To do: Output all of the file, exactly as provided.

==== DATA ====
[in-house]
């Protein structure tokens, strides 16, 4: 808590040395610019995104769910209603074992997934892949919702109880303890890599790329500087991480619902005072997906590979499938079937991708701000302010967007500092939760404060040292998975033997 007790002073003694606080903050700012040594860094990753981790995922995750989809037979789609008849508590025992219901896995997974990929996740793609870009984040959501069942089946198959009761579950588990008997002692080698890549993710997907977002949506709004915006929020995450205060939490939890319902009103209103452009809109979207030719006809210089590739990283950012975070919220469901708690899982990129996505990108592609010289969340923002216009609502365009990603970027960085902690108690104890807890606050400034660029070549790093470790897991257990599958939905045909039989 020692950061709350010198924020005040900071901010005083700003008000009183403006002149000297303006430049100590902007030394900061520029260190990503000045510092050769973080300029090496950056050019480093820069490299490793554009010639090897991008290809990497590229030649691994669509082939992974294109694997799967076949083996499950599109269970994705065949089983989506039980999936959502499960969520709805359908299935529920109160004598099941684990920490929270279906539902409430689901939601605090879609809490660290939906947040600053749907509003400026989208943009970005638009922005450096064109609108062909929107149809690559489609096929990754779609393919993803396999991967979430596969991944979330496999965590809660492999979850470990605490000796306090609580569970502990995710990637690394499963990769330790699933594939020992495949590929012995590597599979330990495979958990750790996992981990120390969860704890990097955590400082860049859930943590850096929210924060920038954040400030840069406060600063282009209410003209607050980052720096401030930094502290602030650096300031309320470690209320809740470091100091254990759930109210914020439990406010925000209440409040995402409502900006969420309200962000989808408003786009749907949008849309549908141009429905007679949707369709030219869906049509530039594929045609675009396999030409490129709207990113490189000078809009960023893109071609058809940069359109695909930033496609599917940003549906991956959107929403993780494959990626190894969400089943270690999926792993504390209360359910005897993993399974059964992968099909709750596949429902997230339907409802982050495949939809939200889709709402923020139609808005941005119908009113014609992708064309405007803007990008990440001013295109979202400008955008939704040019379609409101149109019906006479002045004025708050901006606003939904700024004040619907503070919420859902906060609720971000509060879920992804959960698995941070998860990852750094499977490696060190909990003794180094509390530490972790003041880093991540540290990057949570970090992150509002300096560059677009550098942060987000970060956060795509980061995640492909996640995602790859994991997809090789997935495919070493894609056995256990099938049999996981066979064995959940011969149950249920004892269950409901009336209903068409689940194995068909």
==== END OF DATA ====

[in-house]
């Protein structure tokens, strides 16, 4: 808590040395610019995104769910209603074992997934892949919702109880303890890599790329500087991480619902005072997906590979499938079937991708701000302010967007500092939760404060040292998975033997 007790002073003694606080903050700012040594860094990753981790995922995750989809037979789609008849508590025992219901896995997974990929996740793609870009984040959501069942089946198959009761579950588990008997002692080698890549993710997907977002949506709004915006929020995450205060939490939890319902009103209103452009809109979207030719006809210089590739990283950012975070919220469901708690899982990129996505990108592609010289969340923002216009609502365009990603970027960085902690108690104890807890606050400034660029070549790093470790897991257990599958939905045909039989 020692950061709350010198924020005040900071901010005083700003008000009183403006002149000297303006430049100590902007030394900061520029260190990503000045510092050769973080300029090496950056050019480093820069490299490793554009010639090897991008290809990497590229030649691994669509082939992974294109694997799967076949083996499950599109269970994705065949089983989506039980999936959502499960969520709805359908299935529920109160004598099941684990920490929270279906539902409430689901939601605090879609809490660290939906947040600053749907509003400026989208943009970005638009922005450096064109609108062909929107149809690559489609096929990754779609393919993803396999991967979430596969991944979330496999965590809660492999979850470990605490000796306090609580569970502990995710990637690394499963990769330790699933594939020992495949590929012995590597599979330990495979958990750790996992981990120390969860704890990097955590400082860049859930943590850096929210924060920038954040400030840069406060600063282009209410003209607050980052720096401030930094502290602030650096300031309320470690209320809740470091100091254990759930109210914020439990406010925000209440409040995402409502900006969420309200962000989808408003786009749907949008849309549908141009429905007679949707369709030219869906049509530039594929045609675009396999030409490129709207990113490189000078809009960023893109071609058809940069359109695909930033496609599917940003549906991956959107929403993780494959990626190894969400089943270690999926792993504390209360359910005897993993399974059964992968099909709750596949429902997230339907409802982050495949939809939200889709709402923020139609808005941005119908009113014609992708064309405007803007990008990440001013295109979202400008955008939704040019379609409101149109019906006479002045004025708050901006606003939904700024004040619907503070919420859902906060609720971000509060879920992804959960698995941070998860990852750094499977490696060190909990003794180094509390530490972790003041880093991540540290990057949570970090992150509002300096560059677009550098942060987000970060956060795509980061995640492909996640995602790859994991997809090789997935495919070493894609056995256990099938049999996981066979064995959940011969149950249920004892269950409901009336209903068409689940194995068909």